• It's usually better to iterate over a sequence than to find the length of the sequence, build a range(), and then index the sequence a lot. You can use enumerate() to get an index if you also need the index.

Put those together and I think this is a slightly improved version. But it is almost unchanged from your original, and I can't think of any really good improvements.

reader = csv.reader(open('somefile.csv'))
header = reader.next()

res_list = [ [] for _ in header]

for row in reader:
    for i, val in enumerate(row):
        res_list[i].append(float(val))

# build dict so we can refer by column title
result_dict = dict((n, res_list[i]) for i, n in enumerate(header))
share|improve this answer
    
"NumPy...don't offer a .append() method at all" NumPy certainly does have an append method. It works more or less as python append except it is not "in place". –  doug Sep 9 '11 at 5:44
    
@doug: a = np.array(range(3)) succeeds. Then, a.append(4) gives the message AttributeError: 'numpy.ndarray' object has no attribute 'append'. If NumPy arrays have a .append() method, then what am I doing wrong here? –  steveha Sep 9 '11 at 6:37
    
so try this: a = NP.random.randint(0, 10, 5); a = NP.append(a, [2, 3]). So NumPy has an append function not an append method--which makes your statement in your Answer above completely correct! –  doug Sep 9 '11 at 6:52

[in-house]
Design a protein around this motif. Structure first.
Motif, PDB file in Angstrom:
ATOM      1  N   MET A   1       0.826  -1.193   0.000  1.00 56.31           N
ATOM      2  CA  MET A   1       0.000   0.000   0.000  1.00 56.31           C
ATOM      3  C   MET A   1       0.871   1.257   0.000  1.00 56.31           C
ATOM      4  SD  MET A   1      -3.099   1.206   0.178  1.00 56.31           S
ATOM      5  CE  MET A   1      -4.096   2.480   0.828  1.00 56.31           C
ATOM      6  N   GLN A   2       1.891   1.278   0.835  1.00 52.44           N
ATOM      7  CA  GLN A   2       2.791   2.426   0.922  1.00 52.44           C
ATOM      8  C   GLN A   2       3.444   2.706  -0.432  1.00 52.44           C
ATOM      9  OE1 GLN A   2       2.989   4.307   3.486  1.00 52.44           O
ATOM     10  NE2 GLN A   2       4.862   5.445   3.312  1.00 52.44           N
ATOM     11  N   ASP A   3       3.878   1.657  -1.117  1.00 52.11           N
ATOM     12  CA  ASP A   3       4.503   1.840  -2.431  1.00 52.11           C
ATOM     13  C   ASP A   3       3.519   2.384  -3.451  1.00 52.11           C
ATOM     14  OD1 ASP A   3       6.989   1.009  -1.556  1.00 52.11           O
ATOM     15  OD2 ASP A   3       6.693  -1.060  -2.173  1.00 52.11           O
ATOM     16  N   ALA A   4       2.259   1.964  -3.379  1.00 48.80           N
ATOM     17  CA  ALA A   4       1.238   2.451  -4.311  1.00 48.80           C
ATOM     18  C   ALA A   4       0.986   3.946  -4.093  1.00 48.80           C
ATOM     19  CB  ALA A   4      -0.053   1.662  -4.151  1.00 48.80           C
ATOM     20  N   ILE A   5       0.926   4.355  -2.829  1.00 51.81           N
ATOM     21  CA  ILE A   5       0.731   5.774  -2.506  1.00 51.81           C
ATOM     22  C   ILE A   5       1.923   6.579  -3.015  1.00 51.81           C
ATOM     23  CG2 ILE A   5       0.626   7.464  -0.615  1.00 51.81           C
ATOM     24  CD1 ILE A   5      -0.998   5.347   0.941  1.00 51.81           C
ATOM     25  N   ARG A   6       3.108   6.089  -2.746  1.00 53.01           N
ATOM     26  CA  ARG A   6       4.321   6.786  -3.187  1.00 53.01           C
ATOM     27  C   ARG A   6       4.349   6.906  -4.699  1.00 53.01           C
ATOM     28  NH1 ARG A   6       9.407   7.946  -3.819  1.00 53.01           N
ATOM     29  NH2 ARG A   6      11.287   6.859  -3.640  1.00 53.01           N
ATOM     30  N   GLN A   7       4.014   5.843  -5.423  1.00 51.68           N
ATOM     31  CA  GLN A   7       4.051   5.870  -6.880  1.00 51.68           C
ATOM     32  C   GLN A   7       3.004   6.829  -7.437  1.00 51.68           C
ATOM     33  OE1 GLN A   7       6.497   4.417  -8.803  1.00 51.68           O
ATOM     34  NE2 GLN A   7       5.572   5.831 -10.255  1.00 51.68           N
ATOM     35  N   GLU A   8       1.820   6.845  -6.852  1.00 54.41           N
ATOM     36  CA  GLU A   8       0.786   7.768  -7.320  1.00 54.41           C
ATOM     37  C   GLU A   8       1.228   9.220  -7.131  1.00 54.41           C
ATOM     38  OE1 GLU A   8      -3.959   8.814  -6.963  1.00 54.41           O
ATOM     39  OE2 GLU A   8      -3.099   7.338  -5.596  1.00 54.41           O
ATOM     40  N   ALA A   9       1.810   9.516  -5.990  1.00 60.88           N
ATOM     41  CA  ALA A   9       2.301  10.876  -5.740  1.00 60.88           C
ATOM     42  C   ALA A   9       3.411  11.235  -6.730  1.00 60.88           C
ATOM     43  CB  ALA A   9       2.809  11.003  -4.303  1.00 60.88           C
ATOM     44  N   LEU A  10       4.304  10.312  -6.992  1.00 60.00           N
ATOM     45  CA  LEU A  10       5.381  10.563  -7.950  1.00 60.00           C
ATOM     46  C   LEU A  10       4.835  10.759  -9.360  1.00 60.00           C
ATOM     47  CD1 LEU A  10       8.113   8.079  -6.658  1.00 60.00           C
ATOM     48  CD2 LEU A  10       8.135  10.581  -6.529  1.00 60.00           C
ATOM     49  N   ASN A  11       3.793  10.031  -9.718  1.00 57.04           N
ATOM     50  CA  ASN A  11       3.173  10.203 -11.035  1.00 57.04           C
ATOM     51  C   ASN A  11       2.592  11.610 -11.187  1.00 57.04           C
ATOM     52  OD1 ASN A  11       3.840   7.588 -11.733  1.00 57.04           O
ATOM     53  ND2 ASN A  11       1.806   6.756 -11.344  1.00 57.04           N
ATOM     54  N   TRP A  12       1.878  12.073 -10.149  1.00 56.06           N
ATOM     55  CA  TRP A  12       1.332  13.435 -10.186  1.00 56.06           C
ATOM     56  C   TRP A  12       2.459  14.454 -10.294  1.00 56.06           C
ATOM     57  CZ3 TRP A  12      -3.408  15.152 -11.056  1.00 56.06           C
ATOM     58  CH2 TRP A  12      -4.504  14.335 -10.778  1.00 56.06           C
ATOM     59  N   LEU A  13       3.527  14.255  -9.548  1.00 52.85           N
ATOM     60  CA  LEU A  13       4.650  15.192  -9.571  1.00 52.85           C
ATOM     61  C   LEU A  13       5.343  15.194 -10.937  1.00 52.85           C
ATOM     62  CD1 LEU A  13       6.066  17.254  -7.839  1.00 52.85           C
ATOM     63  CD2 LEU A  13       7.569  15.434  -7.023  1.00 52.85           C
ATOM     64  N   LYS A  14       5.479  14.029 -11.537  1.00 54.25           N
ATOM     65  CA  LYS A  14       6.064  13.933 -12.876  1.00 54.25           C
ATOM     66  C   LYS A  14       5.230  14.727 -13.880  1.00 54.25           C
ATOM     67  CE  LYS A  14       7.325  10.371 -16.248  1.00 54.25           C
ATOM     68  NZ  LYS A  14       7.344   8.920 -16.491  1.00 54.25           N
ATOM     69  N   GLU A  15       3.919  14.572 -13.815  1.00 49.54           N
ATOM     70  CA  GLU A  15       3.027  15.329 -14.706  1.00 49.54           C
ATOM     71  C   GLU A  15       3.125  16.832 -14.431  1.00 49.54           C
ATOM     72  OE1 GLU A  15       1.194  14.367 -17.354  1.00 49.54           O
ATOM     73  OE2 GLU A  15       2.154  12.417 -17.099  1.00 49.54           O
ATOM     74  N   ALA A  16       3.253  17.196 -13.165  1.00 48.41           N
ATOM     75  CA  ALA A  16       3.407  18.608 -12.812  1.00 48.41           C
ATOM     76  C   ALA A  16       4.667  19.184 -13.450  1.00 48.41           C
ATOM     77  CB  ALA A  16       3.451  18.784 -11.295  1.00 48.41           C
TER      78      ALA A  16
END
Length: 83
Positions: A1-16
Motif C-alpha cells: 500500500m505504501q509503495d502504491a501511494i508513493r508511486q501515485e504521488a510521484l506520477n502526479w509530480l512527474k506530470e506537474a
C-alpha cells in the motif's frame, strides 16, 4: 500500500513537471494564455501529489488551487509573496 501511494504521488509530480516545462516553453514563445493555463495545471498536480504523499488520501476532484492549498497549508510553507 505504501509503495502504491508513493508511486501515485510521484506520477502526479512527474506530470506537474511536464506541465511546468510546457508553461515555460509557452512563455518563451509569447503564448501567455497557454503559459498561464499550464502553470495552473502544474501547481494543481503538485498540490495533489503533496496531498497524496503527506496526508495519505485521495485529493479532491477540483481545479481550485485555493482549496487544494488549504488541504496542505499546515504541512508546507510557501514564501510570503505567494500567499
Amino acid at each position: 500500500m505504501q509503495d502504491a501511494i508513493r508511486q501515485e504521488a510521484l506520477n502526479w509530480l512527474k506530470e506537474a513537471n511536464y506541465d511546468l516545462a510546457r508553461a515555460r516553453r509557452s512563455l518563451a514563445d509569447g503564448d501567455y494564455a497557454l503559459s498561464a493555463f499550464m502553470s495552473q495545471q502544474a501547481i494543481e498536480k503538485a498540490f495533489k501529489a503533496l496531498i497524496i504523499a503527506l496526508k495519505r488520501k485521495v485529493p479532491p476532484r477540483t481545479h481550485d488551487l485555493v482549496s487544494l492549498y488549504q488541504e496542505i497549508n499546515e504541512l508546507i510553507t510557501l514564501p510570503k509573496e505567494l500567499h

I do usually try things before I state them in answers. I didn't think to look for a non-method append() function though! –  steveha Sep 9 '11 at 7:11

To efficiently load data to a NumPy arraya, i like NumPy's fromiter function.

advantages in this context:

  • stream-like loading,

  • pre-specify data type of the reesult array, and

  • pre-allocate empty output array, which is then populated with the stream from the iterable.

The first of these is inherent--fromiter only accepts data input in iterable form--the last two are managed through the second and third arguments passed to fromiter, dtype, and count.

>>> import numpy as NP
>>> # create some data to load:
>>> import random
>>> source_iterable = (random.choice(range(100)) for c in range(20))

>>> target = NP.fromiter(source_iterable, dtype=NP.int8, count=v.size)
>>> target
      array([85, 28, 37,  4, 23,  5, 47, 17, 78, 40, 28,  5, 69, 47, 15, 92, 
             41, 33, 33, 98], dtype=int8)

If you don't want to load your data using an iterable, you can still pre-allocate memory for your target array, using the NumPy functions empty, and empty_like

>>> source_vec = NP.random.rand(10)
>>> target = NP.empty_like(source_vec)
>>> target[:] = source_vec
>>> target
  array([ 0.5472,  0.5085,  0.0803,  0.4757,  0.4831,  0.3054,  0.1024,  
          0.9073,  0.6863,  0.3575])

Alternatively, you can create an empty, (pre-allocated) array by calling empty, then just passing in the shape you want. This function, by contrast with empty_like, let's you pass in the data type:

>>> target = NP.empty(shape=s.shape, dtype=NP.float)
>>> target
  array([ 0.,  0.,  0.,  0.,  0.,  0.,  0.,  0.,  0.,  0.])
>>> target[:] = source
>>> target
  array([ 0.5472,  0.5085,  0.0803,  0.4757,  0.4831,  0.3054,  0.1024,  
          0.9073,  0.6863,  0.3575])
share|improve this answer
    
+1 for np.fromiter –  tdc Oct 25 '12 at 8:51

Your Answer

 
discard

By posting your answer, you agree to the privacy policy and terms of service.

Not the answer you're looking for? Browse other questions tagged or ask your own question.